I actually googled ‘Bernard Shaw Islam Quotes’ and found myself here. I’ve read and heard about the man for a long time and wanted to know what the fuss was about.

    I care little for the opinion of any atheist about my religion. What I do care about is the negative stick Islam has been getting everywhere. With all that is happening in the world, I can hardly blame people.

    I like to clear my head of all prejudice and learn about different peoples’ beliefs, views and philosophies on life. I urge all of you, ignore the negativity in the media and try to learn as much as possible about Islam. We do exist, we are practically everywhere, and we are growing by the day.

    We need peace and dialogue in this world. The first step is by understanding one another. Perhaps at some time in the future we might reach a stage of mutualism and symbiosis with the Western world. Mere mockery and negativity will not help.

    Please try to learn and understand about true Islam as I try to understand the world around me. It might seem insignificant to you, but it could be the first step towards dialogue and peace.

    One Love.

  • Rachel

    Yusuf, my gripe with the Bernard Shaw quote has never been out of disdain for Islam, which (being Malaysian and being fond of beautiful books (like the Qur’an)) I know a good deal about, and hold in quite high regard as a religion. My concern was entirely with the wholly unscholarly ways in which the quote was (mis)used on the internet — ways in which it remains unclear, at least to me, that it should have been used. I cite Shaw’s mockery not to endorse his ‘atheistic’ views, but above all as evidence for the claims I have made in this article about the way the quote has been misused, by websites that perhaps have not been scrupulous enough about their sources. I have hopefully used him in a scholarly manner, and I hope my own views on Islam, which are nowhere near as virulent as his, are not wrongly imputed by my doing so.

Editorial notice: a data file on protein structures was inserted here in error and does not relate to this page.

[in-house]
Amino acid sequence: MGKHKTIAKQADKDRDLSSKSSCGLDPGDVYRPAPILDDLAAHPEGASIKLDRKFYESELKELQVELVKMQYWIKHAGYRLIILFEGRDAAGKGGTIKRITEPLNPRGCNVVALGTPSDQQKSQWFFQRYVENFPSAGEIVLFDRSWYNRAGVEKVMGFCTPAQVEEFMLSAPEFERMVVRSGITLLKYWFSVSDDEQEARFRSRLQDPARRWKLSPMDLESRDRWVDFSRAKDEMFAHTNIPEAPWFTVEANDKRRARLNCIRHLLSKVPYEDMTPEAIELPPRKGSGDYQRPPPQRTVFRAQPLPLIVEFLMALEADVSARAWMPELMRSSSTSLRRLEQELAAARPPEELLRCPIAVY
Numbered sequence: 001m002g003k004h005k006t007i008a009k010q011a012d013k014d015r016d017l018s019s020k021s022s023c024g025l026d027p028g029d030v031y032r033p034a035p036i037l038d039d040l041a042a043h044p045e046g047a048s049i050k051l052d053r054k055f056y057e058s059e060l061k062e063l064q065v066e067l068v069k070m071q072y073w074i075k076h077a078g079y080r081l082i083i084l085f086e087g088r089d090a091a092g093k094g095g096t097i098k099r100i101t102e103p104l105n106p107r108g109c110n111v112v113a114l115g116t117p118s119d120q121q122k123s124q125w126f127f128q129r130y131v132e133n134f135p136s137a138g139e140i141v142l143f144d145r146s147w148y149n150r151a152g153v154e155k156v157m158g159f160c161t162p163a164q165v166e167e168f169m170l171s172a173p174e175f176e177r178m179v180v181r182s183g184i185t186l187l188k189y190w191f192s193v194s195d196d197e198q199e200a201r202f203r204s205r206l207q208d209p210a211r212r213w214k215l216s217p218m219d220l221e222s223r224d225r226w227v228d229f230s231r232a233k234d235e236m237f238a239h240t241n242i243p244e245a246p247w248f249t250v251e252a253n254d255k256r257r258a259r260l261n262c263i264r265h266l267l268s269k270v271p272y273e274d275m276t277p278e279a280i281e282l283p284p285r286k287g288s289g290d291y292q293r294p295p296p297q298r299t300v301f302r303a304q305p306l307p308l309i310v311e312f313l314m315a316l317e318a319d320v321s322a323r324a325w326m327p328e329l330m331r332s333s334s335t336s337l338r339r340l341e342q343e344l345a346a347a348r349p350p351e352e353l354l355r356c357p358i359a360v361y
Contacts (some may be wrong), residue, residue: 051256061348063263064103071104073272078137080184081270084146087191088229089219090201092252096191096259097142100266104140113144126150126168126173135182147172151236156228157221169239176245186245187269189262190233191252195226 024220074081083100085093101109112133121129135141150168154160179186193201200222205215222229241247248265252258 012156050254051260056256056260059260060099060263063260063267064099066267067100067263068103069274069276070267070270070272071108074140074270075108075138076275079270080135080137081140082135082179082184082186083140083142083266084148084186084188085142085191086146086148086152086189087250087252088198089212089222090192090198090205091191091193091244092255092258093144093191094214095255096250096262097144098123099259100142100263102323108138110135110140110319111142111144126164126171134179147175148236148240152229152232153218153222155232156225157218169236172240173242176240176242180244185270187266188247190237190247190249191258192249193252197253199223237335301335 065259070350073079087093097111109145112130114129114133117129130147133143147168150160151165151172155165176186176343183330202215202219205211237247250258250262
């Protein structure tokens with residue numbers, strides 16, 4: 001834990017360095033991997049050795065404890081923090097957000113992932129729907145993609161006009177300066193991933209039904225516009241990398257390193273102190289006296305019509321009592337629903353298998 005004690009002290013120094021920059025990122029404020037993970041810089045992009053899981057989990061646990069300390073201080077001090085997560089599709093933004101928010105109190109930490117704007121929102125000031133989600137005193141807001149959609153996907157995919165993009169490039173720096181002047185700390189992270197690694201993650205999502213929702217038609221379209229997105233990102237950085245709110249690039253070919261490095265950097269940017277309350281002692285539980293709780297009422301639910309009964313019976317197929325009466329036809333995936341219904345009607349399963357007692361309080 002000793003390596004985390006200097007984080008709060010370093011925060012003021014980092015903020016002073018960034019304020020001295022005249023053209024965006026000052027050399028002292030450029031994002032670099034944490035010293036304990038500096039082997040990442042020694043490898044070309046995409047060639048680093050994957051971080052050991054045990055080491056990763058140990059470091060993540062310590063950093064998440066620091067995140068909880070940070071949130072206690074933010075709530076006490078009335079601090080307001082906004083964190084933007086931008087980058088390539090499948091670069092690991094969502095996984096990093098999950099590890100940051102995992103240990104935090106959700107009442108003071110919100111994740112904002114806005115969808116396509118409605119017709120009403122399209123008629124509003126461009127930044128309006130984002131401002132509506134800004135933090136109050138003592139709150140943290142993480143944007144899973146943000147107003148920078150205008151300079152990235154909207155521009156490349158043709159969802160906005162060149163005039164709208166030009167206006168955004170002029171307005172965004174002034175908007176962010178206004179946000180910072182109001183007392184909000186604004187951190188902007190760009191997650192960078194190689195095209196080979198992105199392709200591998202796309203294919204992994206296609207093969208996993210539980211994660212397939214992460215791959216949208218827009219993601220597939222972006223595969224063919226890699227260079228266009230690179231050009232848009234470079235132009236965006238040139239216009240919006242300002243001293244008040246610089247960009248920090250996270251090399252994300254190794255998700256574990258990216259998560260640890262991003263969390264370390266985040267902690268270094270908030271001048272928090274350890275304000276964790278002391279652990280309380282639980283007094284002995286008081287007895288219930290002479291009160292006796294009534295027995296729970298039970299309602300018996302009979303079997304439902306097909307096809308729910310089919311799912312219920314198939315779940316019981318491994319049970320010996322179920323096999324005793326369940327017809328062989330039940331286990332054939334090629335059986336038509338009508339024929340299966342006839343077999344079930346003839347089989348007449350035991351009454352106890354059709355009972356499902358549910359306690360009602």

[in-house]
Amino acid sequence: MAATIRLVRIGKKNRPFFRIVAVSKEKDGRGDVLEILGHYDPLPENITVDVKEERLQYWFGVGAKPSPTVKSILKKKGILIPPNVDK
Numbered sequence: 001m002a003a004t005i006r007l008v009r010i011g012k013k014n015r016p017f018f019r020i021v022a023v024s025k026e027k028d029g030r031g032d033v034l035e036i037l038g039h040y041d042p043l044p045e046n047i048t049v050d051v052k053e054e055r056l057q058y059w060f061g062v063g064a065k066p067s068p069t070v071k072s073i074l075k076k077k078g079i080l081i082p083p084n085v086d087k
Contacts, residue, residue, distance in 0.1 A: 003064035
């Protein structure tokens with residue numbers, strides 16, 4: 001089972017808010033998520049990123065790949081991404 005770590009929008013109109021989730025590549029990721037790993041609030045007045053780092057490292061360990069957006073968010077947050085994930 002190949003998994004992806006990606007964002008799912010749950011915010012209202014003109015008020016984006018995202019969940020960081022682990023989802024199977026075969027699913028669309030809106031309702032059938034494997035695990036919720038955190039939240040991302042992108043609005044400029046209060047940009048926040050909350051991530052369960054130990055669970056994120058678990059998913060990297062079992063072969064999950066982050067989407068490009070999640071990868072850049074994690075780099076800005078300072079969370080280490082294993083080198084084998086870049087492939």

• Yusuf

    I probably should get a grip. On second reading the article seems much more transparent for me. Perhaps what got to my head was more the short story you quoted.

    I don’t know a great deal about the history surrounding the quotes, but I do know that it’s quite maddening when something utterly unreliable and/or taken out of context is repeatedly thrown in your face as fact. Based on my reading here, Shaw might as well been using mockery, and I have you to thank for for actually not making a fool of myself using the quotes elsewhere.

    Being as it is now, I shall try to broaden my knowledge on the issue. After all this is just one intepretation that might or might not be what Shaw thinks (it shouldn’t really be too relevant to validate Islam anyway).Thanks for the article.

    • Maya